Watch Out! Crime fiction is catching! by Matt Rees

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I thought it was a harmless pastime––writing crime fiction, bringing crime novels into the house. My wife was a devotee of Jane Austen and of the more intelligent end of chick lit. I figured she was immune.

But, no. Crime fiction is catching. (And there’s a lot of it about.) Now my dearest has published her own ventures into the world of crime fiction. Naturally they’re fabulous because (as her email address describes her) she’s Fabulous Jasmine Schwartz.

I don’t feel guilty about infecting her. It isn’t like passing on a cold or herpes or worthless mortgages at a Triple-A rating.

Still I’ve shown her the path toward authordom. No doubt she figured if I could do it, then the Fabulous Jasmine Schwartz certainly could. And she could. And has.

To her additional advantage, she has seen some of the drawbacks of the author’s world through my experiences. The two days of travel to speak before seven people in Sevilla (but then I got to see Sevilla on someone else’s dime). The occasional publisher who turns out to be an idiot. The occasional publisher who turns out to be a nasty bastard. The acquaintances who, meaning well, say they look forward to when I quit crime fiction and write a “real novel.” The food at the Limmud conference in Chesterfield, Derbyshire. The neglect, oh, the neglect and loneliness of life at the computer keyboard figuring out how to kill someone and wondering whether enough people will read it to pay you to live on and kill yet more characters.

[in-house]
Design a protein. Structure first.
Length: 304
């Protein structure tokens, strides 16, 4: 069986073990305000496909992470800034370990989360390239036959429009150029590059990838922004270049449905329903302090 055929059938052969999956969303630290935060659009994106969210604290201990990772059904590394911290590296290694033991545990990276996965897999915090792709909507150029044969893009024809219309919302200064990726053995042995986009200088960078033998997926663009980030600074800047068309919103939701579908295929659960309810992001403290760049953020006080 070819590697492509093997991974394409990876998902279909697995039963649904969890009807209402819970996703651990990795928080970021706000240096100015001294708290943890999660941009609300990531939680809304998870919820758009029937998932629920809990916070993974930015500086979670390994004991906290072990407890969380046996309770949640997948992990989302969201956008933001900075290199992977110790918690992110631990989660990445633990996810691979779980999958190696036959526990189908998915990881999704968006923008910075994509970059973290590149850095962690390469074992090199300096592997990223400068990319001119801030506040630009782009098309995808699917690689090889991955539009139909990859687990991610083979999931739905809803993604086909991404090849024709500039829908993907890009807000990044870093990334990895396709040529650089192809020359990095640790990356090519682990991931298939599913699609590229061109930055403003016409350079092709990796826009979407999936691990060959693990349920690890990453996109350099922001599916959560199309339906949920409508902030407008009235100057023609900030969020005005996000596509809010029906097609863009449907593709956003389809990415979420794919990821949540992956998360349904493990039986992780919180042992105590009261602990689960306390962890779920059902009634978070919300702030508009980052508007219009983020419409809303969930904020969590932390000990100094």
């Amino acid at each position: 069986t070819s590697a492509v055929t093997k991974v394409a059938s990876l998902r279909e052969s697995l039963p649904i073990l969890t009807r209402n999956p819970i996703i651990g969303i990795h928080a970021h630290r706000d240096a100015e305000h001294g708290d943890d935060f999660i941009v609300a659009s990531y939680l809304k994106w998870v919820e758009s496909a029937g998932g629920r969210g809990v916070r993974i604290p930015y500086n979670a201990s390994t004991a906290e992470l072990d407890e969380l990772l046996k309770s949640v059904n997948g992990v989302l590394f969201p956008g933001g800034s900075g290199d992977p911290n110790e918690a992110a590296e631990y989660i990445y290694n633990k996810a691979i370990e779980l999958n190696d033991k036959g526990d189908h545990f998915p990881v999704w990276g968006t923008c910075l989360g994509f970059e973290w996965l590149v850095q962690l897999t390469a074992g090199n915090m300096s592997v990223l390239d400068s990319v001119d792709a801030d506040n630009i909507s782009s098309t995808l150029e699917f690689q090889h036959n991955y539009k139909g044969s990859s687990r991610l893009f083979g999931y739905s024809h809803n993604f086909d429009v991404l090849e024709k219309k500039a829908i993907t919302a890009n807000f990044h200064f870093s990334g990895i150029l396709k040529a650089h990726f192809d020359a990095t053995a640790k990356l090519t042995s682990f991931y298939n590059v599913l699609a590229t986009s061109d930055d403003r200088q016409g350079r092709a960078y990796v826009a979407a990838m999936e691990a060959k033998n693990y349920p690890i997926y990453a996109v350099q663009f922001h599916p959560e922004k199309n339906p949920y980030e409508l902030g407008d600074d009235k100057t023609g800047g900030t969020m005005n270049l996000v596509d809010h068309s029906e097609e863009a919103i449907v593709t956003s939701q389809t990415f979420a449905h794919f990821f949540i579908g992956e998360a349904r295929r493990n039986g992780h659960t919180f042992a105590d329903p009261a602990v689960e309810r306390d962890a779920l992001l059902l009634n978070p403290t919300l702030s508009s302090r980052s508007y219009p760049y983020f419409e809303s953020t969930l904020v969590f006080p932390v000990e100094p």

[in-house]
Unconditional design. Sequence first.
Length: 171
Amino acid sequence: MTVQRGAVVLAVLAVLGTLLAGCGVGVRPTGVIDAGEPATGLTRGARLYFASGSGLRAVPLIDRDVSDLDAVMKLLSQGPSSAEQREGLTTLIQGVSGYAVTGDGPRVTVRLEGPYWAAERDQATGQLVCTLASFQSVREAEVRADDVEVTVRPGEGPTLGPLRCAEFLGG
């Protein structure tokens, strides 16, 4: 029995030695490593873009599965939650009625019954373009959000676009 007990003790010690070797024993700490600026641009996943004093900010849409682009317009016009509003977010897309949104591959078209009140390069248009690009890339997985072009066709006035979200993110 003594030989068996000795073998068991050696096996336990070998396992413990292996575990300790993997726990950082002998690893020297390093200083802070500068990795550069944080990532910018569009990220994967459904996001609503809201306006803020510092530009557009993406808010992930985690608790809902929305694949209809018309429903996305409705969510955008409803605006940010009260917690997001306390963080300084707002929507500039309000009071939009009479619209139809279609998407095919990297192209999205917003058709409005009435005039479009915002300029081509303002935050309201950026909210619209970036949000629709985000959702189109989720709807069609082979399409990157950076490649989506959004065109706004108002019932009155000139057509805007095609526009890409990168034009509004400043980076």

But I’ve seen Jasmine relish the same things I love about crime fiction too. The puzzling out of plot. The crafting of characters and sentences and descriptions. Telling people who think crime fiction isn’t “real” fiction that they can keep their Ian McEwan and their Philip Roth––give me Ellroy and Camilleri any day over those wet drones.

Jasmine has created “Bridget Jones with guns and dead bodies.” Her novels are the hilariously titled “Farbissen” and “Fakakt.” So that I don’t send you rushing for the Yiddish dictionary, Farbissen means bitter and Fakakt means …screwed. (I’m being polite. Actually the Yiddish sense of both these titles is much more Farbissen and Fakakt than they sound in English.) They’re wonderful crime novels and hilarious, pointed evocations of the neuroses of a fashion-obsessed Jewish lady. And I recommend them highly.

The wait for a successor to Amadeusis over.

MOZART’S LAST ARIA by Matt Rees

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